Tuesday, March 31, 1998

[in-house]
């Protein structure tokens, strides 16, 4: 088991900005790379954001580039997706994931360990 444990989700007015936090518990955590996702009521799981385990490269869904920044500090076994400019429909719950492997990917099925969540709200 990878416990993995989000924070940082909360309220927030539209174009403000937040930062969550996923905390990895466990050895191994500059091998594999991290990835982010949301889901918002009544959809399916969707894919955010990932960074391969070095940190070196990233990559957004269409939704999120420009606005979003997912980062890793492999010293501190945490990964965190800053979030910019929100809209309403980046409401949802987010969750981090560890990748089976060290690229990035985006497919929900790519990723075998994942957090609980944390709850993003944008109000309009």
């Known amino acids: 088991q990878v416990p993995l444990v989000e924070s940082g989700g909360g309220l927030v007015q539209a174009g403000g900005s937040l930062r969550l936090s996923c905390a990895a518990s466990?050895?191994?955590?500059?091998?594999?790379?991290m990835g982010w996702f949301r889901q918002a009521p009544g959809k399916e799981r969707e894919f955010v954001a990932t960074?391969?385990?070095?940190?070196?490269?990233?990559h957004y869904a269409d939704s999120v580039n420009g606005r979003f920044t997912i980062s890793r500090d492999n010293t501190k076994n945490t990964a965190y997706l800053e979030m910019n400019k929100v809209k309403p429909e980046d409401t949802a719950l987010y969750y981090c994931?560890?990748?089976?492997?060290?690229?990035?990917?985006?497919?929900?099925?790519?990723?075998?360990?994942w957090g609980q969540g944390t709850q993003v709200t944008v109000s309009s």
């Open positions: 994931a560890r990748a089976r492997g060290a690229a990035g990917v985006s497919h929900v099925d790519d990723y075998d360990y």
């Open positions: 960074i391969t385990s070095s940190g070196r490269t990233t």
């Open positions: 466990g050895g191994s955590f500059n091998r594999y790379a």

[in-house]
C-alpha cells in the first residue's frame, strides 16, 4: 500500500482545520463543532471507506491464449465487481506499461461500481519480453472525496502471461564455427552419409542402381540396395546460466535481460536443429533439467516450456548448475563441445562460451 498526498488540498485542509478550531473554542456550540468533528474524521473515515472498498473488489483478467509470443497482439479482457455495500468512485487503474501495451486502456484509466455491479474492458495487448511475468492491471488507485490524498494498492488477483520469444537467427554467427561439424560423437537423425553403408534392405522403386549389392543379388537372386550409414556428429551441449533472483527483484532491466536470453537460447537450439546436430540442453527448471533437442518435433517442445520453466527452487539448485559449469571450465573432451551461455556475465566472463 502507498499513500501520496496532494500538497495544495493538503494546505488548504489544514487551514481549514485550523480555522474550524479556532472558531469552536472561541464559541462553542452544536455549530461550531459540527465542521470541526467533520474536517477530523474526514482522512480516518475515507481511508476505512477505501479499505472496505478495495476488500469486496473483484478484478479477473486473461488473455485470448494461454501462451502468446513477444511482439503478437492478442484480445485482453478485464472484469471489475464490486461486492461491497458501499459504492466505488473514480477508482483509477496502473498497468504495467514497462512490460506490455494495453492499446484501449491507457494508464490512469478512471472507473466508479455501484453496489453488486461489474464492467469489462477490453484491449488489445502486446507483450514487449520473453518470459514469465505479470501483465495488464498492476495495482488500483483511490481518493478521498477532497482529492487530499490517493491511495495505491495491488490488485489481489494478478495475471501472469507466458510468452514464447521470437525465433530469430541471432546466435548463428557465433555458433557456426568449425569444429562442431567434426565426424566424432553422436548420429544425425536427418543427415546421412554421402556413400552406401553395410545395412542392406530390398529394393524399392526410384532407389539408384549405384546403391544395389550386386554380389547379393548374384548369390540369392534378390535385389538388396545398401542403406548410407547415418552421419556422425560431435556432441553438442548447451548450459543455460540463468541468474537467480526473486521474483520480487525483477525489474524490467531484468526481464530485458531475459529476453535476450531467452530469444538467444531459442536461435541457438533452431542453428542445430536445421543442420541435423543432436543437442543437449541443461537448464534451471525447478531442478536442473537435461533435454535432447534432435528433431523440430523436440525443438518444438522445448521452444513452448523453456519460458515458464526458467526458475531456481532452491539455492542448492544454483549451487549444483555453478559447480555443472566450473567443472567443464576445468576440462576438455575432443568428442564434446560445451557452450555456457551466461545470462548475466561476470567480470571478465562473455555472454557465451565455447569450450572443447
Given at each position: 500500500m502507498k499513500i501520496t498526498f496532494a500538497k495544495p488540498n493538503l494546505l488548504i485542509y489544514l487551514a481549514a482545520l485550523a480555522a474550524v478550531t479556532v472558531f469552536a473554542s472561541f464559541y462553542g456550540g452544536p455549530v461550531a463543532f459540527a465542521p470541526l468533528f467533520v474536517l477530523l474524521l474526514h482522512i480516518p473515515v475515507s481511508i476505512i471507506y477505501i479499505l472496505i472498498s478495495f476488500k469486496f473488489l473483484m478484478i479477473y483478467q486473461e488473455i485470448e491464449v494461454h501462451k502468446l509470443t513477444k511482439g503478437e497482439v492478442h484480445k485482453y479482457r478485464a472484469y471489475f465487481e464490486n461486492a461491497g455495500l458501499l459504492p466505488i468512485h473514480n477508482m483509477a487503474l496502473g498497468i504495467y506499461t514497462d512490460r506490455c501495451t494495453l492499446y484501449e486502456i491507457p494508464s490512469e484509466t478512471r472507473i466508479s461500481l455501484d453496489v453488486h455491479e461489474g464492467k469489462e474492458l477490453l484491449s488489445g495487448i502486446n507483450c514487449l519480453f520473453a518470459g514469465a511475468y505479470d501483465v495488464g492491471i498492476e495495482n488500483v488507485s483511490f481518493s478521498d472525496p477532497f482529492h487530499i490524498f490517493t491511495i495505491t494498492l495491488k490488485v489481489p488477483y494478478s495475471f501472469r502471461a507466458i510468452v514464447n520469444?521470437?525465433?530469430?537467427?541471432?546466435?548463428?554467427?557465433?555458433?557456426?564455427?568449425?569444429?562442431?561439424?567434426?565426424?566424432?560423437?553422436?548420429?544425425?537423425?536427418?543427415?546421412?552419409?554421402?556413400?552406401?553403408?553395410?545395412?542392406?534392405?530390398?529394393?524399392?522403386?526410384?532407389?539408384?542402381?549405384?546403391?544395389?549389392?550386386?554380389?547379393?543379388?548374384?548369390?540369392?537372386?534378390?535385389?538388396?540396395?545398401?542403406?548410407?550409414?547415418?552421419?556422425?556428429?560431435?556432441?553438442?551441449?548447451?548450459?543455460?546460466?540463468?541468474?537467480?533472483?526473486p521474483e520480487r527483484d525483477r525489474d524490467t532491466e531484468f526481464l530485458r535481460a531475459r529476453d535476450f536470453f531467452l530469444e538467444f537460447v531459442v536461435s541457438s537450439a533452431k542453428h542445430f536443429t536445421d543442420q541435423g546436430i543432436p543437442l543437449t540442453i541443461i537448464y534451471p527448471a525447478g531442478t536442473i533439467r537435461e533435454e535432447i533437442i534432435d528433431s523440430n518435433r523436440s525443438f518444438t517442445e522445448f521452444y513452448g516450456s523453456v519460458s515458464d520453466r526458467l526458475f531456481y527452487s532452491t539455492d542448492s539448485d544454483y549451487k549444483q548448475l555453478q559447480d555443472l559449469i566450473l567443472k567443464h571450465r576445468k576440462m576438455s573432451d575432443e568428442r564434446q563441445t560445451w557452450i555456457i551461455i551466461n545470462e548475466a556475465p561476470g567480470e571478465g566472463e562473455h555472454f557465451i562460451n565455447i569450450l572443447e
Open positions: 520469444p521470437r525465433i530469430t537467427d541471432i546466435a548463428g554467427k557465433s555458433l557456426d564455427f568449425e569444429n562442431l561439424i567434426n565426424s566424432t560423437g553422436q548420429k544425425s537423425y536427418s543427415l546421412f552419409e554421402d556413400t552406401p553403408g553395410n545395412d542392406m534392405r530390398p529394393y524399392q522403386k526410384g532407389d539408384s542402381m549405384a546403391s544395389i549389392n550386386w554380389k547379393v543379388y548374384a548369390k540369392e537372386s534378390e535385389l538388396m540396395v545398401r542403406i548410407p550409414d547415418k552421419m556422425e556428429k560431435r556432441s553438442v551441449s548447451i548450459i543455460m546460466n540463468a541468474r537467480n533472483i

Speaking at the Economic Club of Greater Lansing, Governor John Engler announced today that applications are available on-line for a new program that will target resources directly to teachers using technology to improve student learning. The initiative, called the "NextDay" Teacher Innovation Grants Program, supports innovative uses of available technology in Michigan schools. Teachers are eligible for grants of up to $10,000 through this program. "We are succeeding in making sure our schools have top-of-the-line computers, software and access to the Internet. Now we need to ensure that our teachers have the support necessary to use these tools to improve learning," said Governor Engler. "This program will move resources directly to the classroom so that technology can improve student performance." "The successful integration of technology into the classroom is essential for a 21st century education. We are pleased to expand our technology training for Michigan K-12 teaching and to provide support services to the NextDay program. This merges the university's academic resources with the creativity of classroom teachers to make a difference for K-12 students," said Michigan State University President Peter McPherson. In addition to the grants, Michigan State University will receive $1 million to provide support services to the NextDay program as well as to expand technology training programs for teachers, administrators and school board members throughout Michigan. Services for NextDay will include technical and leadership development for all teachers participating in the program, ongoing technical support and research to identify how technology can improve learning by ascertaining "what works and what doesn't." Approximately 200 grants each year will financially support innovative educators who have successfully integrated technology into the learning environment and want to expand, improve and make others aware of their applications. Resources will also be made available to teachers who have not yet begun to use technology in their classrooms, but have demonstrated an innovative plan for doing so in the future. "This is an important addition to our menu of training and education programs," said Doug Rothwell, CEO and department director of the Michigan Jobs Commission. "Many new technology-based learning tools are emerging that can dramatically improve classroom performance - whether in math, science or any other subject. However, most teachers are being asked to use these tools with little or no training and support. This program will change that." The NextDay initiative is part of Governor Engler's $30 million plan to advance the use of technology in Michigan schools. The outline of the plan was first announced in a cyberspeech earlier this year. Other steps include expansion of the successful Michigan Virtual Automotive College to include other important fields of study and grants to schools and libraries to establish public virtual learning campuses. "Our goal is nothing short of making Michigan the Information State in the 21st century," said Engler. "Just as Michigan muscle put the world on wheels in the 20th century, Michigan minds can keep the world moving forward in the next century." The Michigan Jobs Commission, which will administer the NextDay Innovation Grants, works to continuously upgrade the skills of Michigan workers and match workers with job opportunities. The grant program is expected to last three years. Starting April 1, grant applications and information about the program will be available at http://www.trico-associates.com/nextday or by contacting the Michigan Jobs Commission's Customer Service line at (517)373-9808.